Though Bakken oil is laden with greater concentrations of flammable gases than comparable types of crude, the North Dakota Industrial Commission has begun requiring oil producers to condition the most volatile batches. Its limits have been criticized as far too loose.

Alison Ritter, a commission spokeswoman, said the oil in the derailment would have been subject to those conditioning rules. But its exact volatility isn’t yet known, she said.

Federal regulators have moved to improve oil train safety by requiring upgrades to tank cars. But it will take years for the public to reap the benefits.

The railcars on the train that derailed were all coiled, insulated CPC-1232 models, said Neilsen, the U.S. Oil spokeswoman. Those are a second-generation standard that are being phased out.

“The cars are safer, absolutely,” said Michael Eyer, a retired state rail safety inspector. “But they’re still not designed for an emergency situation such as this.”

Oil spill response crews from the U.S. Environmental Protection Agency, state Department of Environmental Quality and National Response Corp., a contractor that works with Union Pacific, were all en route, Flynt said.

Oregon Gov. Kate Brown said in a statement she is “closely monitoring the derailment and ready to make every state resource available as needed.”

Local health officials put out an air quality advisory for people with asthma, respiratory infections, lung or heart disease and diabetes, recommending that they stay inside and limit physical activity.

Portland Airport Fire & Rescue was sending a specialized fire truck that carries about 1,300 gallons of fire-suppression foam and a five-person crew to assist in Mosier, said Steve Johnson, a Port of Portland spokesman.

Mosier volunteer fire department workers responded to the derailment, helped by Mid-Columbia Fire and Rescue, Hood River County’s Westside Rural Fire Protection District and Wy’East Fire District and the Dallesport Fire Department across the river.

The Federal Railroad Administration said it is aware of the incident and is sending investigators.

An Oregon Department of Transportation rail safety inspector last examined the track in late April, finding 30 defects between Cascade Locks and The Dalles. He didn’t recommend any penalties.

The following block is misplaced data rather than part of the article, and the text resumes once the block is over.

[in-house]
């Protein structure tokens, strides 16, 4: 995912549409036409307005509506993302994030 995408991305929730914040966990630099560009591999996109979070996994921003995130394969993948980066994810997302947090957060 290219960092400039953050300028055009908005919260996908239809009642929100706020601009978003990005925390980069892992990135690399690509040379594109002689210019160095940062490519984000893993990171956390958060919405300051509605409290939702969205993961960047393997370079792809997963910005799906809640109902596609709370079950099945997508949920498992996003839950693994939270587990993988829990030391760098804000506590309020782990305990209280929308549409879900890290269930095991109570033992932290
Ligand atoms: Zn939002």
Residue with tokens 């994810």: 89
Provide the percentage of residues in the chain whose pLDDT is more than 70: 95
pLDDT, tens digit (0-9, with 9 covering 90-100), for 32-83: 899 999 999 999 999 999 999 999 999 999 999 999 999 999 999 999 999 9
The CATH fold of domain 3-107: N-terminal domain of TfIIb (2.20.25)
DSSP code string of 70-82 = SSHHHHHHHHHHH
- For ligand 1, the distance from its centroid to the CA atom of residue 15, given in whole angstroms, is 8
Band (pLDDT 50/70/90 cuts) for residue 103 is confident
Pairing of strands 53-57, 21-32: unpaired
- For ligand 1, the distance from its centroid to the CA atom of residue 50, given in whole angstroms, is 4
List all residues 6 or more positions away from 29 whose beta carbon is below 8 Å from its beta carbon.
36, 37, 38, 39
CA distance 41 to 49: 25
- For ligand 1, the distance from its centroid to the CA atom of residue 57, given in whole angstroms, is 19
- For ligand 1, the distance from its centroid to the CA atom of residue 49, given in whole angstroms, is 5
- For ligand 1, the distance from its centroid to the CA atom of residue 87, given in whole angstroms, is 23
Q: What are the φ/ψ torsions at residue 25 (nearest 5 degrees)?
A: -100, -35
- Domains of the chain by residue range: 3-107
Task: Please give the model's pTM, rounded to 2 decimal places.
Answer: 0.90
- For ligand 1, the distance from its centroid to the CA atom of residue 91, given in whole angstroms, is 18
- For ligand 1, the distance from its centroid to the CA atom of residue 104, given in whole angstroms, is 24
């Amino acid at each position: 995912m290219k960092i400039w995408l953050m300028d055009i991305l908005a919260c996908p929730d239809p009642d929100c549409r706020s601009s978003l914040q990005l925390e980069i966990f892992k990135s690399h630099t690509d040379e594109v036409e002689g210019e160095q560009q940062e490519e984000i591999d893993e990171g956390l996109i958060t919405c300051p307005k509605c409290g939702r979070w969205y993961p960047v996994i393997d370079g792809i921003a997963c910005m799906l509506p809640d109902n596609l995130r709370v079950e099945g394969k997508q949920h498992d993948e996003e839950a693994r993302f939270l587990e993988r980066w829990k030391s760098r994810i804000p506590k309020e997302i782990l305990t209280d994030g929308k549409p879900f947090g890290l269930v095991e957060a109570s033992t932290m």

Deficiencies included loose bolts and braces and a tree brushing the side of rolling train cars. Eyer, the former rail inspector, reviewed the report at The Oregonian/OregonLive’s request. He said the issues were routine and not serious.

“They could fix them today and come back next week and have the same thing, just because of the dynamics of having a zillion tons of product going over on a weekly basis,” Eyer said.

Hours after the derailment, traffic still jammed surrounding highways as cars diverted from the interstate, said Judy Dutcher, general manager of Copper West Properties in nearby Hood River.

“It’s all backed up as far as you can see,” she said. “It’s bumper to bumper.”

Westbound interstate traffic was routed across the Hood River Bridge.

Pat Joseph, who lives in Mosier and works at a mill in Washington, said he planned to take back roads to return home. “I’m going where there is no traffic,” he said.

Lisa McNabb of Pocatello, Idaho, was driving west to Portland with her mother, grandmother and two children. She said the group stopped for lunch at a McDonald’s in The Dalles, went to get back on the freeway and found it blocked. She estimated it took about two and a half hours to get to the Oregon side of the Hood River Bridge.

“It’s been a little much,” she said, but everyone seemed to be in good spirits.

Derek Hiser, a Mosier City Council member, lives about a quarter-mile from the derailment site and said he and his colleagues have recently seen increased concerns from residents about oil trains passing through the town.

“People were afraid of something like this happening,” Hiser said. “I think this could lead to a lot of people who weren’t necessarily listened to before being listened to now.”

Hiser said he picked up his 11-year-old daughter from the community school soon after seeing the thick, dark smoke billowing into the air.

“It’s a real tragedy,” he said. “You live in the Gorge for the way of life and when something like this happens, it takes the joy out of it.”